Tide of Judgement

On Boxing Day, my family and I went for the day’s traditional walk. Storm Bella was due to visit from the USA later in the afternoon, so we made the most of her absence. We walked along Morecambe’s promenade; we all agreed that the chill sea breezes blowing thereon were rather ‘bracing’, and a mug of hot chocolate the only remedy. While walking, I noticed several improvements which had been made to protect the town from the sea’s spiteful incursions, an example of which can be seen in the video:

Enhanced, taller flood walls have been erected, between which barriers may be inserted into the gaps, which happens several times each year (top photo). Furthermore, large boulders have been positioned to absorb the waves’ kinetic energy. In additional to the emergency flood defences, the old ‘time and tide’ bell has been re-fitted, so the bay’s deadly-quick tide can be warned of when coming close. It’s located not far off the promenade; anyone out on the sands who hears it ringing must already too late.

The moral campaigner Mary Whitehouse used to picture Britain’s moral decline, in the shape of video nasties and smutty television prgrammes as a ‘tide of filth’. If we once had defences against such a tsunami of ungodliness, they are well and truly battered and submerged, our society now exposed to the ill-restrained forces of human depravity. Back in the 1960s, we began to weaken and remove our moral boundaries and barriers, ignoring the tolling bells of rising wickedness. Yet the tide is a picture of coming judgement in the book of Ezekiel, rather than depravity:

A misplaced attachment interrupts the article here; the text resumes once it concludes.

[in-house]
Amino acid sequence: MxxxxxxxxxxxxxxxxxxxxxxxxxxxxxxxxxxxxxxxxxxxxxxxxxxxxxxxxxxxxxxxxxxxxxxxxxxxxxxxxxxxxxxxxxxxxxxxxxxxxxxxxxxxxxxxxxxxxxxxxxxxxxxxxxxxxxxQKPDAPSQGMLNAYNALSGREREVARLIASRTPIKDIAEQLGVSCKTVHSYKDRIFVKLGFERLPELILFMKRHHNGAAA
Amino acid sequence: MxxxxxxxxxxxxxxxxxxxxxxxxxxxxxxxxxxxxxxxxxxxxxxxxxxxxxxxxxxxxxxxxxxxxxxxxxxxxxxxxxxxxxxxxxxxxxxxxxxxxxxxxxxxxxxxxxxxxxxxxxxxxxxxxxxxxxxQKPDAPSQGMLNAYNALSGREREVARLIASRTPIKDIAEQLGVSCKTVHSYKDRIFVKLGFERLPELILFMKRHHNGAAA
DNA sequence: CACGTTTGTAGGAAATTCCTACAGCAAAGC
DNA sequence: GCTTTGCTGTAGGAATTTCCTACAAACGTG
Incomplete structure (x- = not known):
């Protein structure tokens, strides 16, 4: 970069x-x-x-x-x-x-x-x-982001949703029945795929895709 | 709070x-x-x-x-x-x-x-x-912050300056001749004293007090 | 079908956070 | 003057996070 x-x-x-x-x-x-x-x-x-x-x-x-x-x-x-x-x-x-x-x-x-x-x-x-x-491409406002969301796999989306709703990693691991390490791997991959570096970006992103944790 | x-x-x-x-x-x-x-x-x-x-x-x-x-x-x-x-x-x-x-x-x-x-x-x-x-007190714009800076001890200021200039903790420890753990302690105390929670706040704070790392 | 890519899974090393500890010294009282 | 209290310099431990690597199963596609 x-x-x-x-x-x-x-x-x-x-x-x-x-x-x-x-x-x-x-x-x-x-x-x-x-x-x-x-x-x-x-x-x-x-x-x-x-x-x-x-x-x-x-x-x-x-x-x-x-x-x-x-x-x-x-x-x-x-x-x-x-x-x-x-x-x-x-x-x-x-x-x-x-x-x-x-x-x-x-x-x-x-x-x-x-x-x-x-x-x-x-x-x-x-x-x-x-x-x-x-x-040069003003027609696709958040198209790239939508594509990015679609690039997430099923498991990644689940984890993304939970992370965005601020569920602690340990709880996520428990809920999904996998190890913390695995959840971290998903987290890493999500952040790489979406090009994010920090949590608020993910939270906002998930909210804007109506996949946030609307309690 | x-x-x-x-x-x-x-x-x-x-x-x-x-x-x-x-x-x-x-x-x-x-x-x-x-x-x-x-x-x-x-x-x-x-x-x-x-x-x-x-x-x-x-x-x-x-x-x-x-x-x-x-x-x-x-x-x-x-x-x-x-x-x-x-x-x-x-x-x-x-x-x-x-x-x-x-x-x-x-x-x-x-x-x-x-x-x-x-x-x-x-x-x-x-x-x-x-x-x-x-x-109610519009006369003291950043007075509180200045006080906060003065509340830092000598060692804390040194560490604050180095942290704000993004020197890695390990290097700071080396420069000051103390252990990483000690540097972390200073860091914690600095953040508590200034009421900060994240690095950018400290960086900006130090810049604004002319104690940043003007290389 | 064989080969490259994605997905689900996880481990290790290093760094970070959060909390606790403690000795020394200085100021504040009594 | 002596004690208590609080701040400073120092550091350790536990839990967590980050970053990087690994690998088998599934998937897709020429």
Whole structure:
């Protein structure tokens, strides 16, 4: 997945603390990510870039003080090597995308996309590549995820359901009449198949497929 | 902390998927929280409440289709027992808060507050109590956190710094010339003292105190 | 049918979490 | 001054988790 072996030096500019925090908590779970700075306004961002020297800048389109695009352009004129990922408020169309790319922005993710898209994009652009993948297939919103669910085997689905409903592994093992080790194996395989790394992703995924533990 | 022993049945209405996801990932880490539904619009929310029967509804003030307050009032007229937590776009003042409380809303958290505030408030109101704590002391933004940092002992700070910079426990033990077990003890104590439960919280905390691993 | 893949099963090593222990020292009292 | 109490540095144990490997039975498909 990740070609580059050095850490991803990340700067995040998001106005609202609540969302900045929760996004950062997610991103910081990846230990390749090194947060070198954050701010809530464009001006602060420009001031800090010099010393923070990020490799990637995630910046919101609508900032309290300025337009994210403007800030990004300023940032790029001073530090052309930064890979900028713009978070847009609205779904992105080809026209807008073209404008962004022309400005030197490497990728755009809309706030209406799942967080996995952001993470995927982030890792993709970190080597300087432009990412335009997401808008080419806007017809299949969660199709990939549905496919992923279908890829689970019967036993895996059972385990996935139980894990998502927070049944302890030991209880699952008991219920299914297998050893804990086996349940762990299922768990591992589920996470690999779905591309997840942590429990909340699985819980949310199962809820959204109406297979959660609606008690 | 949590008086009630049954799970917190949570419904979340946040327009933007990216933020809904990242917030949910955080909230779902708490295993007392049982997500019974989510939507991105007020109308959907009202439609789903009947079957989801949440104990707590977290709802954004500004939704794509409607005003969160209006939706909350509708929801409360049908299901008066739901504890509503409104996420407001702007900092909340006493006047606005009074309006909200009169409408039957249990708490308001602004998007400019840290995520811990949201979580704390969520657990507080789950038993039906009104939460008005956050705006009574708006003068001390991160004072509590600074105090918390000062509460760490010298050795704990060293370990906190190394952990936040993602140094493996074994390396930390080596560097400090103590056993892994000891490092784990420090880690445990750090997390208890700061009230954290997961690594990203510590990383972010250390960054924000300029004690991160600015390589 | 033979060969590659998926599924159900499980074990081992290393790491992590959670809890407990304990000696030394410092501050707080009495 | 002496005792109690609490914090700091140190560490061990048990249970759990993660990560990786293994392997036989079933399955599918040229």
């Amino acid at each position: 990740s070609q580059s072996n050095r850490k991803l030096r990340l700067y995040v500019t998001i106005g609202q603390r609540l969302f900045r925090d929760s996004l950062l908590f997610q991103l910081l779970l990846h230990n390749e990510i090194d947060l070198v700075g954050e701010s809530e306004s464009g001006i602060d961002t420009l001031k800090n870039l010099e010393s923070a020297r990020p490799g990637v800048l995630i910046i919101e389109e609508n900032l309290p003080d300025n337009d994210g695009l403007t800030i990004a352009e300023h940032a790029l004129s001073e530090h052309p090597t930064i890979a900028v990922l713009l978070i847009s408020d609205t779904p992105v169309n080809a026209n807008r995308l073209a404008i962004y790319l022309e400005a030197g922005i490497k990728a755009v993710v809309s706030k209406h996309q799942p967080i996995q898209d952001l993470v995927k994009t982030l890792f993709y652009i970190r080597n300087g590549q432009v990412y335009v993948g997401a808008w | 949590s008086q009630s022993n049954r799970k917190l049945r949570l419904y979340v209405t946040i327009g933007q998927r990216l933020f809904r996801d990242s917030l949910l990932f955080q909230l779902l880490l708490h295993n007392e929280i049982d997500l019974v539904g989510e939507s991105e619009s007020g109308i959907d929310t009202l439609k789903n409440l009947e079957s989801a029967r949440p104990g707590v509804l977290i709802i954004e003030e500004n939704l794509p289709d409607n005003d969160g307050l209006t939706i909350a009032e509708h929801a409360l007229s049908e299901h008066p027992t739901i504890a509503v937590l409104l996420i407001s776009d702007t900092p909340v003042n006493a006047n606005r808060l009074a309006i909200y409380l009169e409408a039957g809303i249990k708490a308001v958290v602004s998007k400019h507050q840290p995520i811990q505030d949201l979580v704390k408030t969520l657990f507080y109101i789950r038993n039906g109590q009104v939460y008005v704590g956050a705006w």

Therefore thus saith the Lord God; Behold, I am against thee, O Tyrus, and will cause many nations to come up against thee, as the sea causeth his waves to come up.

-Ezekiel 26:3; also in Nahum 1:8:

But with an overrunning flood he will make an utter end of the place thereof, and darkness shall pursue his enemies.

God is planning to judge our fallen world, but the time and tide bell clangs and sounds to all who will pay attention. Thank God for Christ our ark, who feely invites sinners aboard that we might survive the coming storm and waves of wrath. In the previous verse, Nahum wonderfully writes:

The Lord is good, a strong hold in the day of trouble; and he knoweth them that trust in him.